Bernie Glassman is the guest. He is a pioneer in the American Zen Movement, an accomplished academic and businessman, and the founder of the Zen Peacemakers. His new book, co-authored by Jeff Bridges, is called The Dude and the Zenmaster. A New York Times bestseller, it is available now from Blue Rider Press.
Sheila Heti, writing for the Financial Times, says
“The Dude and the Zen Master [is] a wonderful book of conversations...about acting and Zen and the long, fond relationship between these men.”
And The Dudespaper calls it
“[A] good conversation between good friends...One of the unexpected treats of The Dude and the Zen Master is the insights into who Jeff Bridges is behind the Dude persona...touching remembrances of his parents, his reflections on life as a devoted family man, and his behind-the-scenes stories of movies he’s worked on [and] profound little Zen observations and insights sprinkled throughout the book.”
Monologue topics: Zen, meditation, discipline and lack thereof, losing my shit, my daughter, guilt, the Oscars.
Lesley Arfin is the guest. She was a staff writer on the first two seasons of the hit television show Girls, starring Lena Dunham, and she also writes on the MTV series Awkward. Her book, Dear Diary, is based on a column of the same name that originally appeared in Vice magazine. It was published by Vice Books/MTV Press in 2007.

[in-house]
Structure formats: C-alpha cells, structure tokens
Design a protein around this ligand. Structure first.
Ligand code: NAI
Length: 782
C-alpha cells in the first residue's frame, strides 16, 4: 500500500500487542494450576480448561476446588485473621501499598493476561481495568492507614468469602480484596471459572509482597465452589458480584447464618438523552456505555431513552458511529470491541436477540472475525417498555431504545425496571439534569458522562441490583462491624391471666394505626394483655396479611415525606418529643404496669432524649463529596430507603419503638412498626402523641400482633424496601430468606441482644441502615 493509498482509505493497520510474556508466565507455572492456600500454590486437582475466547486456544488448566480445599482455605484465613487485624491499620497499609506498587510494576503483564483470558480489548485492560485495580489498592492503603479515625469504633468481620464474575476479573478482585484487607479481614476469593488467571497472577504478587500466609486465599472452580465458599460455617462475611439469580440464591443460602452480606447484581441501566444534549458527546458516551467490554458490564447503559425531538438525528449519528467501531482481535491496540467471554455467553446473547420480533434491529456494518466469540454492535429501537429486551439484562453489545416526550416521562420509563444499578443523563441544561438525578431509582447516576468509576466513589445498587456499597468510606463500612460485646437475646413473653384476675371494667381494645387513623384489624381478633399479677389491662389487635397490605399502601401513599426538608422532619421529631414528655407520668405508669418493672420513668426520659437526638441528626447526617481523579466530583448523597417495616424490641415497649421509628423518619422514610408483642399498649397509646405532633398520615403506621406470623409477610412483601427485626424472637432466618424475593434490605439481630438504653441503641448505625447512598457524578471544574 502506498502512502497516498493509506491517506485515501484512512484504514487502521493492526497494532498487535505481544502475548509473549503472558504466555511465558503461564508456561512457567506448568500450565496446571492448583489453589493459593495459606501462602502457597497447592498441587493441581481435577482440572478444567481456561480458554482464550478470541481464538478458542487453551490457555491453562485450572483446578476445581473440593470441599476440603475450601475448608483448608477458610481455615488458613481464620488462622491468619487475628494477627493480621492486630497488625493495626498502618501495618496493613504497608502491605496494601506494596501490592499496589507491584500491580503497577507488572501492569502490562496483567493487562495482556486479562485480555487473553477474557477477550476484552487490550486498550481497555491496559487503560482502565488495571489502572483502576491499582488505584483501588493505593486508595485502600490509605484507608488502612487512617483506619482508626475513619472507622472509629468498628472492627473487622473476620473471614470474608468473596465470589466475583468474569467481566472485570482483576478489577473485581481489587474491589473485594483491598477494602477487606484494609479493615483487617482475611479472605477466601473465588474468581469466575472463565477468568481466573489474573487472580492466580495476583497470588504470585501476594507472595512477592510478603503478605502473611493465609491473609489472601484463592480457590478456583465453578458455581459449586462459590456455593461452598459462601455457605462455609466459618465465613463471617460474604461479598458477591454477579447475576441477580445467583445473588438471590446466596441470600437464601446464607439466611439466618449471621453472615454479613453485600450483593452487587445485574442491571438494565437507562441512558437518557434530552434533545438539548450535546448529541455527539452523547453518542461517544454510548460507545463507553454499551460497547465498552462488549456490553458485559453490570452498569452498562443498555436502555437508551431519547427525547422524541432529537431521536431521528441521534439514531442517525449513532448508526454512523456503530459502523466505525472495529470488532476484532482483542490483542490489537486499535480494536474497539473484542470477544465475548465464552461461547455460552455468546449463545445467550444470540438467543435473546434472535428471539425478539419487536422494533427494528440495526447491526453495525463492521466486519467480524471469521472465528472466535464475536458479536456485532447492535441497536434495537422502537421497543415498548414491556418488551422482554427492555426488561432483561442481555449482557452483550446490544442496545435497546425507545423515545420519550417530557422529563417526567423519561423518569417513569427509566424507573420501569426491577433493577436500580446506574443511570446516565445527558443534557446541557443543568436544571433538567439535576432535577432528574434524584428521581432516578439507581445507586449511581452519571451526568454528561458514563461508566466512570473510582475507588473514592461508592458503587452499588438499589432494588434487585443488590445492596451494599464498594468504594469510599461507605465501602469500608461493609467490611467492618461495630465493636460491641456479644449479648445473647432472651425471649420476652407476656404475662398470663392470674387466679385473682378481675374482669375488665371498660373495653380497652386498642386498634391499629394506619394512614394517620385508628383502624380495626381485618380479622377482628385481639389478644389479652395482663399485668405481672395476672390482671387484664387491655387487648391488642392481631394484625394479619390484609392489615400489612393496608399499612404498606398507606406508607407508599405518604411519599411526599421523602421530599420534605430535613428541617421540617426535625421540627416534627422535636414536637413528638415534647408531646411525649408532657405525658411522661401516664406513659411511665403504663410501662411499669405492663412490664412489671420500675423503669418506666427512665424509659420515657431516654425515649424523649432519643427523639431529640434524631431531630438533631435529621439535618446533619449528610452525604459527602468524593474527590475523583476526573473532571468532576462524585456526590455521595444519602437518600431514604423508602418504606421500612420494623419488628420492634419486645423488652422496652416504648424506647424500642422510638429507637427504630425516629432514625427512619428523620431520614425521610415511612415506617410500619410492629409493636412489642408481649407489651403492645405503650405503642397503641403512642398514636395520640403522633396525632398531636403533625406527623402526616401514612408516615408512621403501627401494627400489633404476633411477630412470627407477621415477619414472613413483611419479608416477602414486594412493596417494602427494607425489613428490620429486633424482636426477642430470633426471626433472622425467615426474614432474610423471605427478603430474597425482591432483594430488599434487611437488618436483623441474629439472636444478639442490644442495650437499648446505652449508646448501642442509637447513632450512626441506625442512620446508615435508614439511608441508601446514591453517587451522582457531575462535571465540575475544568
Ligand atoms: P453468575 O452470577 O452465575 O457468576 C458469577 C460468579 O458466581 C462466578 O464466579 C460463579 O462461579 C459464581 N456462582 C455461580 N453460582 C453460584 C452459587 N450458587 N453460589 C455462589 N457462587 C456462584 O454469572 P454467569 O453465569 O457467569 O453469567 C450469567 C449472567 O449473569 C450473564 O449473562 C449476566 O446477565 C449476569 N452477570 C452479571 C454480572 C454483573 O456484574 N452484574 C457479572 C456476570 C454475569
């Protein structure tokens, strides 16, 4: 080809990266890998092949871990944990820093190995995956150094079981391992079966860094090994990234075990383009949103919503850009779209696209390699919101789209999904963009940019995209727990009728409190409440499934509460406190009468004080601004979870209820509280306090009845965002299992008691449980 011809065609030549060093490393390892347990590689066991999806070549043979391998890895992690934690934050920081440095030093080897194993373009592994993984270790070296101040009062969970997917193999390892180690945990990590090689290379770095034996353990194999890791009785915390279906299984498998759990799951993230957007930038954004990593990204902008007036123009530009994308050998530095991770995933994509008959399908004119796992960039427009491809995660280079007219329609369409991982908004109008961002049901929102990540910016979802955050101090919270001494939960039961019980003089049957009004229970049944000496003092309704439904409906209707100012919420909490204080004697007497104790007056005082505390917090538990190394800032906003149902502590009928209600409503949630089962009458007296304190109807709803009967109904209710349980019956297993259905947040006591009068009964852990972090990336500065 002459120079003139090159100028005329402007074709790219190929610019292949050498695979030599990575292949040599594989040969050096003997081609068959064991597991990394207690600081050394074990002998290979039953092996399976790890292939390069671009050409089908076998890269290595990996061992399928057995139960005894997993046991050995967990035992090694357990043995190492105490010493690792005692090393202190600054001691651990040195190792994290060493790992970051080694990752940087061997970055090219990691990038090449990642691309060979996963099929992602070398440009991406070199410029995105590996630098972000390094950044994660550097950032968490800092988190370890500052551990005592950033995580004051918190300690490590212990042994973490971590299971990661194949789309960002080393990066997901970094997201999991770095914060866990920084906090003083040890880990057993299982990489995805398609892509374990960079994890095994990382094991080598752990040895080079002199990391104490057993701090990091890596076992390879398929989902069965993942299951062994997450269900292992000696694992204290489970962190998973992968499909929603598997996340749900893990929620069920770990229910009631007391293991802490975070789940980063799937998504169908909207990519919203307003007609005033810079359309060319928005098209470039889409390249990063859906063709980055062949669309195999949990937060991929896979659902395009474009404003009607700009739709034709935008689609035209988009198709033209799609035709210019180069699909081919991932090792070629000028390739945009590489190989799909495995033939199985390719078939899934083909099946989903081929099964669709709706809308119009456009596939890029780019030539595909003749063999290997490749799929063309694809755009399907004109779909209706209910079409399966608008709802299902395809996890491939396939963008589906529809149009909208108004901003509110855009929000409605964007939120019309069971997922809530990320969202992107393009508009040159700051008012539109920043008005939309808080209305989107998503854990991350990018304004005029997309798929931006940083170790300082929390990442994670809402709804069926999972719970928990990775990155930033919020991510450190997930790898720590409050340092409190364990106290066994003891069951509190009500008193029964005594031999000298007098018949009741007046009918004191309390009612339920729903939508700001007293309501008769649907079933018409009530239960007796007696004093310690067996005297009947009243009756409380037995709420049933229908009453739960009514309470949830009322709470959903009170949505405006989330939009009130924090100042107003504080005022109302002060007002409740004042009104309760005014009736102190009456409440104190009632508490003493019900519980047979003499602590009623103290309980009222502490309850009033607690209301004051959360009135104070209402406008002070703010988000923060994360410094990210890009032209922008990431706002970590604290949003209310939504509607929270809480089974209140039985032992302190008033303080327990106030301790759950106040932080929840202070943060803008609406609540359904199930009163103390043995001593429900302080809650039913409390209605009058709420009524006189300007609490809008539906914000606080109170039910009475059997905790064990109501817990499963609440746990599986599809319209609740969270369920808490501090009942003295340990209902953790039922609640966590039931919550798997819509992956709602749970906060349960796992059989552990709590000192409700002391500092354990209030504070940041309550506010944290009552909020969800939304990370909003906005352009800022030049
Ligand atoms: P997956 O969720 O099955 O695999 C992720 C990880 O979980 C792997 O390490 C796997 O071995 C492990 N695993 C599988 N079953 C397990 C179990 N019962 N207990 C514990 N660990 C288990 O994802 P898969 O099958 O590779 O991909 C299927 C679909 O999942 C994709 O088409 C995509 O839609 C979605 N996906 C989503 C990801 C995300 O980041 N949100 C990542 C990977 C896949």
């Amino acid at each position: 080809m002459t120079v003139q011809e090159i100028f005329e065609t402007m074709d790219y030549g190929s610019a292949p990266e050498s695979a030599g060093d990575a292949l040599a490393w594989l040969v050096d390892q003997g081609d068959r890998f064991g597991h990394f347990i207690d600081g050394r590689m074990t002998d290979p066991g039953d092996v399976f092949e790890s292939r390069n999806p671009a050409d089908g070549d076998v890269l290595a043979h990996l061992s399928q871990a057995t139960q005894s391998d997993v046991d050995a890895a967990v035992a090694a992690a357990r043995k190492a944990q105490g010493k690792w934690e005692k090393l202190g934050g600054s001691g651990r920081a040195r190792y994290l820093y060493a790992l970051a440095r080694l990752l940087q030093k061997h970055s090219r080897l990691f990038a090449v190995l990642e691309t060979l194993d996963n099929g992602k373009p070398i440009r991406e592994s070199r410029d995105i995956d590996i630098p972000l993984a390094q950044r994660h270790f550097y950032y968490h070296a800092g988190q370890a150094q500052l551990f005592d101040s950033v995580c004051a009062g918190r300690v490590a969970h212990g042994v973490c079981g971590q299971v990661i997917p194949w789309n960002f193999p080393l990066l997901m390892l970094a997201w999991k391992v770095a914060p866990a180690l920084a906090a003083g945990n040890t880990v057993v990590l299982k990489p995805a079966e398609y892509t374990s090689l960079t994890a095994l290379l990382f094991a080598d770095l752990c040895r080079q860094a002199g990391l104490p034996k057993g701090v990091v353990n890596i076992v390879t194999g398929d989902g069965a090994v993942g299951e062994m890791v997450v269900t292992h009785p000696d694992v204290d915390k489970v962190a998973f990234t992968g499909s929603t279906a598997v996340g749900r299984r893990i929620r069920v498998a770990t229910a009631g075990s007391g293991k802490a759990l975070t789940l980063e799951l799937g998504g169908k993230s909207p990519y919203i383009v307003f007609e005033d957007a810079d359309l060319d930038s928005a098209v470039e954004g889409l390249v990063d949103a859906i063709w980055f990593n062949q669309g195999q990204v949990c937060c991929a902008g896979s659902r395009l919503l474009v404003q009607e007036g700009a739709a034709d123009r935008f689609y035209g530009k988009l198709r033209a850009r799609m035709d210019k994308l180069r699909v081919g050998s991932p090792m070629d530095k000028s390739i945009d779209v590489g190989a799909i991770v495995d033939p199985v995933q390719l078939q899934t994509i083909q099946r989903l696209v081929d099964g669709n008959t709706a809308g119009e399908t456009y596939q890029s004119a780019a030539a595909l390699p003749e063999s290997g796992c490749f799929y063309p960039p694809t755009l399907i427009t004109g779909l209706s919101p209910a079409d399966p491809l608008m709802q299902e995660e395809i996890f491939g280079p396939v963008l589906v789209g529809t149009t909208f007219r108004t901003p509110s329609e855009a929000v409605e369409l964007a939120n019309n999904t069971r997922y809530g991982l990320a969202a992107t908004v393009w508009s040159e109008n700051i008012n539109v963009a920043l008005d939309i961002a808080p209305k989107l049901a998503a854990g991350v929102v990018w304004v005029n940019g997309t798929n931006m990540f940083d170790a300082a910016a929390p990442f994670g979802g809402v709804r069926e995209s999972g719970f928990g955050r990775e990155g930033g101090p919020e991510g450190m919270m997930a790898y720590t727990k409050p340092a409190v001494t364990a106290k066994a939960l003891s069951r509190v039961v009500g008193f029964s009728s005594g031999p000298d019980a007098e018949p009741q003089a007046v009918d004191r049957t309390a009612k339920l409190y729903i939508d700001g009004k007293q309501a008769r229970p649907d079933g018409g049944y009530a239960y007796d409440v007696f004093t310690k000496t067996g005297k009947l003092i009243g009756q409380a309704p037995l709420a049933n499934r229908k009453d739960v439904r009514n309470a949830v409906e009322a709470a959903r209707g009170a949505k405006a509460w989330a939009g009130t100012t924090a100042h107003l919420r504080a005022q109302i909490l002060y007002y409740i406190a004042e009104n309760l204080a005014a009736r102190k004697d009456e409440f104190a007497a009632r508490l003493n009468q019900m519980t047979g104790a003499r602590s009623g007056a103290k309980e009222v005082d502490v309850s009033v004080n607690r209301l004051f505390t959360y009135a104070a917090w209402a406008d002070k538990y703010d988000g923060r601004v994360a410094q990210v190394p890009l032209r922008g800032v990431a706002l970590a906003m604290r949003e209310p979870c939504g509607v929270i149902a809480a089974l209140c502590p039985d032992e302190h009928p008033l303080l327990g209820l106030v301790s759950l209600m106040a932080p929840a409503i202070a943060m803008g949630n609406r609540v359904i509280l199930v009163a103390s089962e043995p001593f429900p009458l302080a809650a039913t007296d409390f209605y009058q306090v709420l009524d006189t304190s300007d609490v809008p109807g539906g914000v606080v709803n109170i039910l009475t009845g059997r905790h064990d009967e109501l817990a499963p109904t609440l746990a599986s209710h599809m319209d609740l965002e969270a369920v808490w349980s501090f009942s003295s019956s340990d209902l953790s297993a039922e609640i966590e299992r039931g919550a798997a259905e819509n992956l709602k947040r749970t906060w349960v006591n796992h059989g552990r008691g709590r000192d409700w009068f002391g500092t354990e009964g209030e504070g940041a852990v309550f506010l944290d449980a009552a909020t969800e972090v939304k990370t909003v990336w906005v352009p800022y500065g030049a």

Sarah Silverman says
“Here’s your chance to have all the benefits of a tortured adolescence without the shitty childhood. Congratulations!”
And Chloe Sevigny says
"What I love about Dear Diary is how strongly it resonates with all girls. We all went through a bitch phase that makes us cringe when we remember it. We tried being good; we tried being bad; we made other girls feel like shit before we knew what it felt like...It seems like the world is ending when you're 17 and in the middle of it, but looking back now I realize that's what adolescence is all about: making mistakes. And that's why I love Dear Diary."